June 16, 2015


By Janielle Harrison

In less than a month, my husband, Terrence, and I will welcome the arrival of our precious daughter, Addison, at Texas Children’s Pavilion for Women. Her expected delivery date is July 24.

While most mothers-to-be discover their expecting after taking a simple home pregnancy test, that wasn’t the case for me. I never knew I was four weeks pregnant until my husband took me to the emergency room because I was having dizzy spells, feeling lightheaded and my blood pressure spiked. While I was waiting for my X-rays and blood test results to come in, Terrence and my 8-year-old son Dramodd stepped away to get something to eat. When they came back with their McDonald’s bags clutched in their hands, I broke the exciting news, “We are expecting!”

My husband was completely shocked and excited at the same time, and so was I. Immediately, he called his mom and dad to tell them the exciting news that they’d be grandparents! My son’s immediate reaction was, “Mom, you’ve been pregnant all this time and you didn’t know it?” I think he was saying my belly was getting slightly “bigger” like a pregnant person.

bwatchAs my due date approaches, my last trimester is going pretty smoothly. The first few months of my pregnancy was tough since I couldn’t hold anything down. I was severely dehydrated and my OB/GYN Dr. Carla Ortique had me admitted to the Pavilion for Women where I stayed overnight to receive intravenous fluids and anti-nausea medication. The nurses took excellent care of me. I am still taking medication for high blood pressure and visiting Texas Children’s Maternal Fetal Center every week to monitor my baby’s growth and development.

As we prepare for our daughter’s homecoming, my husband and I finished decorating Baby Addison’s nursery with princess and frog theme colors: mint green, lavender and chocolate brown. So many of our family members have showered us with beautiful gifts for Addison and they are so excited to meet our little princess.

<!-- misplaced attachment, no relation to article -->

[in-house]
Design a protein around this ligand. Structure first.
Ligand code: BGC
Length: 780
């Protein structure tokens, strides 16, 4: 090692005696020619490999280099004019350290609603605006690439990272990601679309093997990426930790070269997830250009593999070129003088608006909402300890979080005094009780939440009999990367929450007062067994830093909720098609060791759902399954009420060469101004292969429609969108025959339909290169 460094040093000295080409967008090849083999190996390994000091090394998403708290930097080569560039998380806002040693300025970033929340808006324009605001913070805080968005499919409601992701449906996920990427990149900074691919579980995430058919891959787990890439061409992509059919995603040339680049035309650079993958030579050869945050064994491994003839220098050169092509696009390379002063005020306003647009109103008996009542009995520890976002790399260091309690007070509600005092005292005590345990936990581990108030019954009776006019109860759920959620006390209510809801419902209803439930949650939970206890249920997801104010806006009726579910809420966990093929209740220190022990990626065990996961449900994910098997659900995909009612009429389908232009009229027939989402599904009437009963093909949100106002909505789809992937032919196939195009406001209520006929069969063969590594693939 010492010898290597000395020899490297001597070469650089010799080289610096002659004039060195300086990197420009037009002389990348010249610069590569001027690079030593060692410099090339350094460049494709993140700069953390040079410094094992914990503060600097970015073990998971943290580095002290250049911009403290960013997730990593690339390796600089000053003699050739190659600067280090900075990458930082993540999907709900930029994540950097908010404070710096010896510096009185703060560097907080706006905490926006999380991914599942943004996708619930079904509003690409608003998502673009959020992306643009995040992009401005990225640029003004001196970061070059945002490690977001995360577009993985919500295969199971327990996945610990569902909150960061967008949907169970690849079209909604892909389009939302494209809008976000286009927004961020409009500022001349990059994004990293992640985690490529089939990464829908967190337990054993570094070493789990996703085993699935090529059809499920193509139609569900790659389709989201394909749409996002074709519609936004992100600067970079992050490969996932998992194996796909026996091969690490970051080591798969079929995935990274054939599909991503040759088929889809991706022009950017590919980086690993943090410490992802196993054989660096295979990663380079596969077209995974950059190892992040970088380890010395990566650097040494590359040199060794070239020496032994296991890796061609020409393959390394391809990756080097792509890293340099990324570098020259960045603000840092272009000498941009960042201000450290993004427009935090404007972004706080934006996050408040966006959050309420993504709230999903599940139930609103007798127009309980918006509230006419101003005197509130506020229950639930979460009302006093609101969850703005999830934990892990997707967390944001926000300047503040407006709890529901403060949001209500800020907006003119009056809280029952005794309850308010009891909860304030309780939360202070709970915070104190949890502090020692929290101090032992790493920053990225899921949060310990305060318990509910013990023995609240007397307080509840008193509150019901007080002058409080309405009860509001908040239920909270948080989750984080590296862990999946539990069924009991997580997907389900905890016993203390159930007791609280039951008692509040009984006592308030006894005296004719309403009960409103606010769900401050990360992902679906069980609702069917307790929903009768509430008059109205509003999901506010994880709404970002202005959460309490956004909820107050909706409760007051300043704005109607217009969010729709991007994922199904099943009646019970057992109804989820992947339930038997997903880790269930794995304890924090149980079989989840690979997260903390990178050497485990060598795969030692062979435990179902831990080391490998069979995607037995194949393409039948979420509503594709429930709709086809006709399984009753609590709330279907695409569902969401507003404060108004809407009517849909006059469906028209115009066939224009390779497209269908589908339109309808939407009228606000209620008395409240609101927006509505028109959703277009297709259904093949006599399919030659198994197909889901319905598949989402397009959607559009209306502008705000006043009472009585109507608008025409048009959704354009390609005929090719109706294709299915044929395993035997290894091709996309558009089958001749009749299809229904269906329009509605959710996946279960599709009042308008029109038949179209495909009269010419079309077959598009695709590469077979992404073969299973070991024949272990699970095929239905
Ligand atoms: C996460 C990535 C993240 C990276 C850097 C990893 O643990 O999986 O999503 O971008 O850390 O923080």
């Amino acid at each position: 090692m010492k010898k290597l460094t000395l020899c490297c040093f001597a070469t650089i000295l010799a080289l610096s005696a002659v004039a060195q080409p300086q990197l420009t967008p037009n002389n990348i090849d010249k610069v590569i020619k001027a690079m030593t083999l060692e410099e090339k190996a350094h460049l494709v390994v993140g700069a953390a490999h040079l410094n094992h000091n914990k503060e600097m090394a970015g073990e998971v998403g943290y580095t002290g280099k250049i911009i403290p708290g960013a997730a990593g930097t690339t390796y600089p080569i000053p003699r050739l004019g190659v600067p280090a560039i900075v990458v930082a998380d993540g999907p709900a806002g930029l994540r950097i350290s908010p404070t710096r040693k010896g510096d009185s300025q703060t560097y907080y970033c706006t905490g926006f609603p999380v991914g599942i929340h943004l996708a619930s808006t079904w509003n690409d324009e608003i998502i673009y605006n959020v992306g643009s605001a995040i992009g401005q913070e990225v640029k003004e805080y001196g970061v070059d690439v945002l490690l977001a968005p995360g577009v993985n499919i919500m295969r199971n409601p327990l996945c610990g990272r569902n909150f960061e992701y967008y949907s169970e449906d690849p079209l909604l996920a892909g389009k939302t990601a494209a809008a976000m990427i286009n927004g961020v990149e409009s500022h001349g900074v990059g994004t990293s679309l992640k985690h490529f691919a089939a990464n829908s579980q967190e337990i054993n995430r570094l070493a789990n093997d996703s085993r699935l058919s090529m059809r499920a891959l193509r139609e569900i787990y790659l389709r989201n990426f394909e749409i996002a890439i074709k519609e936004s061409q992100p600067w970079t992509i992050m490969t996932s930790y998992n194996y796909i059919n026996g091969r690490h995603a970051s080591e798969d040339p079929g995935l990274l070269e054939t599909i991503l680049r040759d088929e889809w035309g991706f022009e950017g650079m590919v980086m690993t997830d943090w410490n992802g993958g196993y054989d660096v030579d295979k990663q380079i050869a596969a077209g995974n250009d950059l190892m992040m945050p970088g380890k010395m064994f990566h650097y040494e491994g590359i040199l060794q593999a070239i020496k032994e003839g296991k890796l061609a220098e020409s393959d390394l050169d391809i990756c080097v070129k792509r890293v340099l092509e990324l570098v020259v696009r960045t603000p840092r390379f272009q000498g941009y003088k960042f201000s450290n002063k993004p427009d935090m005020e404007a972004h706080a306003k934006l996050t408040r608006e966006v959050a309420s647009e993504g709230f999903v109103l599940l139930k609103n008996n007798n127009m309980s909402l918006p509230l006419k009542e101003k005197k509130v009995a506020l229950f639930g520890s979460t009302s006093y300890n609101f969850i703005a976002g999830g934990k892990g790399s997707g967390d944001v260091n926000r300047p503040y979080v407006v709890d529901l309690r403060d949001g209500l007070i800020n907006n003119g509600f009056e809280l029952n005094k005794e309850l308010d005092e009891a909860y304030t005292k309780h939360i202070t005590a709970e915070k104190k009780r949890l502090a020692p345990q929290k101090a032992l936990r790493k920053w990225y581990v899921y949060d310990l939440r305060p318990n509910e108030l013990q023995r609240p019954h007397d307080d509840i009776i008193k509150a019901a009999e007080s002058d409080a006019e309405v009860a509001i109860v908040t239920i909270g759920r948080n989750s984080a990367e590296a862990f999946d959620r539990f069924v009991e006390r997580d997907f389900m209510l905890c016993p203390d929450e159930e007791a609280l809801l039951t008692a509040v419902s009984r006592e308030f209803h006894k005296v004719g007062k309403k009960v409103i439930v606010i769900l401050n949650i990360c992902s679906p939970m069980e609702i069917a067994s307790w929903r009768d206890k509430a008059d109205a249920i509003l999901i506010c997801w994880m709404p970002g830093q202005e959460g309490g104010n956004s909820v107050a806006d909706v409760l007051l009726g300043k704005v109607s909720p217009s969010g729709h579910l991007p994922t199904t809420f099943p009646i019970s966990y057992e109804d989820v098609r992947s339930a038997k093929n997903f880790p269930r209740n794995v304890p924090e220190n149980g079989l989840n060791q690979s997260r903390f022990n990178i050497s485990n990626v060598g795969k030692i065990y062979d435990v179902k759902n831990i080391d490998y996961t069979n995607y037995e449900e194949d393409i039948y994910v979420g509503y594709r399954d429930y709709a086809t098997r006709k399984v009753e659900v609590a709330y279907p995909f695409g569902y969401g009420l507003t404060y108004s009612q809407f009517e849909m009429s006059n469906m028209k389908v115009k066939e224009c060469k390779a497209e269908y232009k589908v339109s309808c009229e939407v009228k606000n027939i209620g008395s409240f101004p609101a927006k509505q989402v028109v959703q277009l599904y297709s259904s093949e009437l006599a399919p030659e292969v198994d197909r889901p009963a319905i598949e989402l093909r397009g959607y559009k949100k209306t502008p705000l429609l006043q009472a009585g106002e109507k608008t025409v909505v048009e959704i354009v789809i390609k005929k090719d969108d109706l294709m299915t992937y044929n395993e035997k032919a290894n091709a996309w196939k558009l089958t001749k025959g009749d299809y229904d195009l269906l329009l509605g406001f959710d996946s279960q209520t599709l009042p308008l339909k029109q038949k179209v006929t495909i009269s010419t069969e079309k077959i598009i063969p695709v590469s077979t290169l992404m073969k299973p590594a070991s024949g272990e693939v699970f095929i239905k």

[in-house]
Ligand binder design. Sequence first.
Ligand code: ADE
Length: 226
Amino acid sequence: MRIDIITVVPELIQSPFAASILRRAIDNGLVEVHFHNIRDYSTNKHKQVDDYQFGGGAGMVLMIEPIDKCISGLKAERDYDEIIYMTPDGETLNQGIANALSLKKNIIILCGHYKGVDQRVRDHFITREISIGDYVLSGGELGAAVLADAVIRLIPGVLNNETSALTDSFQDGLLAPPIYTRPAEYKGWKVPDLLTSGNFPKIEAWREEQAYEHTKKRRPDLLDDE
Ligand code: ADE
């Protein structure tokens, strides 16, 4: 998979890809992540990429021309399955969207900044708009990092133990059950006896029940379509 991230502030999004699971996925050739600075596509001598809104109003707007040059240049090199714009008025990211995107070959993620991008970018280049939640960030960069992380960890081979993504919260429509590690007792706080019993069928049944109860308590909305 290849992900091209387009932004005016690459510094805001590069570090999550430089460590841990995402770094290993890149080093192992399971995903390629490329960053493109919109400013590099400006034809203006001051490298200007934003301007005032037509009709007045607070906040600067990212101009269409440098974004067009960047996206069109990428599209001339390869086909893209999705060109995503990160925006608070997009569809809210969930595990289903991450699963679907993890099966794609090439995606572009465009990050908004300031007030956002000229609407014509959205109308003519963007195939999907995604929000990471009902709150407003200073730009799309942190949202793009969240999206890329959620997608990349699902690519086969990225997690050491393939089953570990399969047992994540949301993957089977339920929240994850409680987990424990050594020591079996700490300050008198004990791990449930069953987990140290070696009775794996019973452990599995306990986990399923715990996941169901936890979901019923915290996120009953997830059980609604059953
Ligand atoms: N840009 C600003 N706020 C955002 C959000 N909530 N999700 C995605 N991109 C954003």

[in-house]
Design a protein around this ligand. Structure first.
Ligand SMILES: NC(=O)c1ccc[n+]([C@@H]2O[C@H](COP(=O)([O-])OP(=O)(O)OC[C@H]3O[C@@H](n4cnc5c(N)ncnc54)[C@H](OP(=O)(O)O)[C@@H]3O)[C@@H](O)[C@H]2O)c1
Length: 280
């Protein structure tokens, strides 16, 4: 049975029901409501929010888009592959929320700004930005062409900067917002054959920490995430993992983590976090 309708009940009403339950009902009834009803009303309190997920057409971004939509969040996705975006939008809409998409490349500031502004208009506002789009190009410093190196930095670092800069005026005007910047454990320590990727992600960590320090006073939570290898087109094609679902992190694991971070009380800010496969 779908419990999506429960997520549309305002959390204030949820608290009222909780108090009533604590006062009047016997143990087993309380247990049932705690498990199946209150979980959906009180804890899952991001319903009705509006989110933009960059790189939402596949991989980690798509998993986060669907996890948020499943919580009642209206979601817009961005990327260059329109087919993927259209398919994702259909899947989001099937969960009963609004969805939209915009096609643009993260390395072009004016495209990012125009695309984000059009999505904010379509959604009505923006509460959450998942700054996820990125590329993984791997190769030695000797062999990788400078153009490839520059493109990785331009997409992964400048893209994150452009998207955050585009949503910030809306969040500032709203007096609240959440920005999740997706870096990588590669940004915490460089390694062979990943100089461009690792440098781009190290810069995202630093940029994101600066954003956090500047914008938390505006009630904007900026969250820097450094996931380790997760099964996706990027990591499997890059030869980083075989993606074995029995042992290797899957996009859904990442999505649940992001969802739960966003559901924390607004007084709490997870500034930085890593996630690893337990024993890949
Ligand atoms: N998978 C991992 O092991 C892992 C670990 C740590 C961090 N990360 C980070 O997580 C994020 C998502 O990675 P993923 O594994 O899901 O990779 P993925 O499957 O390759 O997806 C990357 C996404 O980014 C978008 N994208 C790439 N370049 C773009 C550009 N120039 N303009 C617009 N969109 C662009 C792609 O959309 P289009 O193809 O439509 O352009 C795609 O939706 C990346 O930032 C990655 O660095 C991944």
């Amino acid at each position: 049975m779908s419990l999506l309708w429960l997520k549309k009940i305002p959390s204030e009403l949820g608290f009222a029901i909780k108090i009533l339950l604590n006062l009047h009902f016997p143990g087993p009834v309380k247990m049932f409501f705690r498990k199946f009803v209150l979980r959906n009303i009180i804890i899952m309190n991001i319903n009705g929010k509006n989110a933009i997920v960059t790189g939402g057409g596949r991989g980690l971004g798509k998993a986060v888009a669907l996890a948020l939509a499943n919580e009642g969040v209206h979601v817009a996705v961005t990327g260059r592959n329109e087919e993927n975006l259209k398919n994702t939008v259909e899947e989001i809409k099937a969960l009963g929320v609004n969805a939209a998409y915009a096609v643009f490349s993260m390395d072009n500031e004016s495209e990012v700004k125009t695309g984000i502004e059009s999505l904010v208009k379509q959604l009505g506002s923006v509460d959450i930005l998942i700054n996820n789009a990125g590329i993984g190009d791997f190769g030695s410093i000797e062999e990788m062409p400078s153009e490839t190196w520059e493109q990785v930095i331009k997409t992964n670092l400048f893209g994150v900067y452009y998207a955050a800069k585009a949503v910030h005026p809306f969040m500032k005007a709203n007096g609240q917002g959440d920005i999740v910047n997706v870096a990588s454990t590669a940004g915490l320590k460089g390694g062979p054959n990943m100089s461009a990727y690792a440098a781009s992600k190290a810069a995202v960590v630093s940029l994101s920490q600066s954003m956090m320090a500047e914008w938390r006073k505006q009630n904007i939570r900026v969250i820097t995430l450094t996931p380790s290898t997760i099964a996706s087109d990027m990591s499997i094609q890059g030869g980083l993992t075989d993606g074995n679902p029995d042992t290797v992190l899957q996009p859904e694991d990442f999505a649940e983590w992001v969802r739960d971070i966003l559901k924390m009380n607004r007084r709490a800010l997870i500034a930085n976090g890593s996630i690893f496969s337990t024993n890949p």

I haven’t packed my hospital bag yet, but I am working on it. I expect to have everything ready to go by July 1 in case Addison decides to make her debut ahead of schedule.


Maddie’s Mission, a Katy-based organization dedicated to educating people about a common virus that can cause a serious infection in your unborn baby, recently donated more than $40,000 to the CMV Research Fund to benefit congenital CMV research conducted at Baylor College of Medicine and Texas Children’s Hospital.

Hundreds of children with a diagnosis of congenital CMV, or cytomegalovirus, are part of the program led by pediatric infectious diseases specialist Dr. Gail Demmler-Harrison, an international expert who has spent more than 30 years caring for children affected by the condition.

CMV infections can be prevented during pregnancy, a vulnerable time to catch CMV, through “an ounce of CMV awareness and three simple precautions that include not sharing food or drink with a young child, avoiding kissing young children near the lips or cheek but rather kiss them on top of the head and giving them a big hug, and washing hands carefully after changing diapers or wiping runny noses,” Demmler-Harrison said, adding that Maddie’s Mission promotes “knowledge is key to no more CMV.”

Awareness of the potentially deadly virus is the goal of Maddie’s Mission, which was started by Farah and Patrick Armstrong last year after they lost their 12-day-old daughter, Maddie, to complications caused by CMV. Since then, the Armstrongs have thrown themselves into educating people about CMV and supporting groups devoted to finding out more about the virus, how to treat it, and possibly how to prevent CMV in pregnant women.

Physicians at Texas Children’s Hospital have treated many children affected by congenital CMV. One such child, who is shown in the adjoining photo, is Malcolm Alaimo. Malcolm travels from South Carolina for special treatments and is doing well. Another child Texas Children’s physicians have treated for CMV is Lillian Grace Salerno. Lillian has gotten antiviral treatment, hemispherectomy brain surgery, and other therapies for her congenital CMV infection at Texas Children’s Hospital, and has done well ever since.

“CMV is the most common virus most people have never heard of,” Dr. Demmler-Harrison said. “It does not often make the headlines or the evening news.”

Demmler-Harrison added that she is extremely appreciative to Maddie’s Mission for its donation and that it will be put to good use.

April 7, 2015

By Shelly Lopez-Gray

First, let me say that there is no such thing as “eating for two.” I know this is a huge disappointment, as many people out there would love to use their pregnancy as an opportunity to eat every single thing that they ever thought tasted good (I know, I’ve been there). But let me fast forward through your pregnancy a bit – it’s unhealthy for you, it’s unhealthy for your baby, and the pregnancy weight is not going to magically fall off.